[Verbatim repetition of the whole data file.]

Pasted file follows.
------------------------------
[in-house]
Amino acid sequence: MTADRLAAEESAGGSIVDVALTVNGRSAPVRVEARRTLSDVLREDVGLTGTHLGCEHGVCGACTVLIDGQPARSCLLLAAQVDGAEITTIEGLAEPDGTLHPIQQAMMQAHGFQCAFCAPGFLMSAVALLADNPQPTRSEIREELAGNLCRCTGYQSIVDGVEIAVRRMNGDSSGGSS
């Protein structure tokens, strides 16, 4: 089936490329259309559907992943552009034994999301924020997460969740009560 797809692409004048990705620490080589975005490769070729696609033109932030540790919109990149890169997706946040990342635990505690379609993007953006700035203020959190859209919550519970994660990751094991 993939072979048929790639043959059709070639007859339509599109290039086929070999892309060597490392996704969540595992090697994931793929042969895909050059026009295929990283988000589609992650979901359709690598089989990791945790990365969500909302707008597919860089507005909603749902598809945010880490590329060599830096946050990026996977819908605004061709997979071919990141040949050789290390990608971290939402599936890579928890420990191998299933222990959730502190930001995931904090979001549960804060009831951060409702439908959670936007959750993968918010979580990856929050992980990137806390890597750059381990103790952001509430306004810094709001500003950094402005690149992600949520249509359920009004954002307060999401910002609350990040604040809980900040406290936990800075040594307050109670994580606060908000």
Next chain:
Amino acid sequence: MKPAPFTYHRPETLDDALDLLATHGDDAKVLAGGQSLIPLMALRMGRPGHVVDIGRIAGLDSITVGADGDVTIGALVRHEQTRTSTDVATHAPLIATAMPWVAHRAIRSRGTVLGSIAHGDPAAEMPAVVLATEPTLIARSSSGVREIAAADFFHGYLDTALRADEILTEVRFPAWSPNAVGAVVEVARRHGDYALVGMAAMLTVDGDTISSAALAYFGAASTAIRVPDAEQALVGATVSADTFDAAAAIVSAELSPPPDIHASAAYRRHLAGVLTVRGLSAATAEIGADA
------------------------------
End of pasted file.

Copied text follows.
[in-house]
Amino acid sequence: MTADRLAAEESAGGSIVDVALTVNGRSAPVRVEARRTLSDVLREDVGLTGTHLGCEHGVCGACTVLIDGQPARSCLLLAAQVDGAEITTIEGLAEPDGTLHPIQQAMMQAHGFQCAFCAPGFLMSAVALLADNPQPTRSEIREELAGNLCRCTGYQSIVDGVEIAVRRMNGDSSGGSS
């Protein structure tokens, strides 16, 4: 089936490329259309559907992943552009034994999301924020997460969740009560 797809692409004048990705620490080589975005490769070729696609033109932030540790919109990149890169997706946040990342635990505690379609993007953006700035203020959190859209919550519970994660990751094991 993939072979048929790639043959059709070639007859339509599109290039086929070999892309060597490392996704969540595992090697994931793929042969895909050059026009295929990283988000589609992650979901359709690598089989990791945790990365969500909302707008597919860089507005909603749902598809945010880490590329060599830096946050990026996977819908605004061709997979071919990141040949050789290390990608971290939402599936890579928890420990191998299933222990959730502190930001995931904090979001549960804060009831951060409702439908959670936007959750993968918010979580990856929050992980990137806390890597750059381990103790952001509430306004810094709001500003950094402005690149992600949520249509359920009004954002307060999401910002609350990040604040809980900040406290936990800075040594307050109670994580606060908000």
Next chain:
Amino acid sequence: MKPAPFTYHRPETLDDALDLLATHGDDAKVLAGGQSLIPLMALRMGRPGHVVDIGRIAGLDSITVGADGDVTIGALVRHEQTRTSTDVATHAPLIATAMPWVAHRAIRSRGTVLGSIAHGDPAAEMPAVVLATEPTLIARSSSGVREIAAADFFHGYLDTALRADEILTEVRFPAWSPNAVGAVVEVARRHGDYALVGMAAMLTVDGDTISSAALAYFGAASTAIRVPDAEQALVGATVSADTFDAAAAIVSAELSPPPDIHASAAYRRHLAGVLTVRGLSAATAEIGADA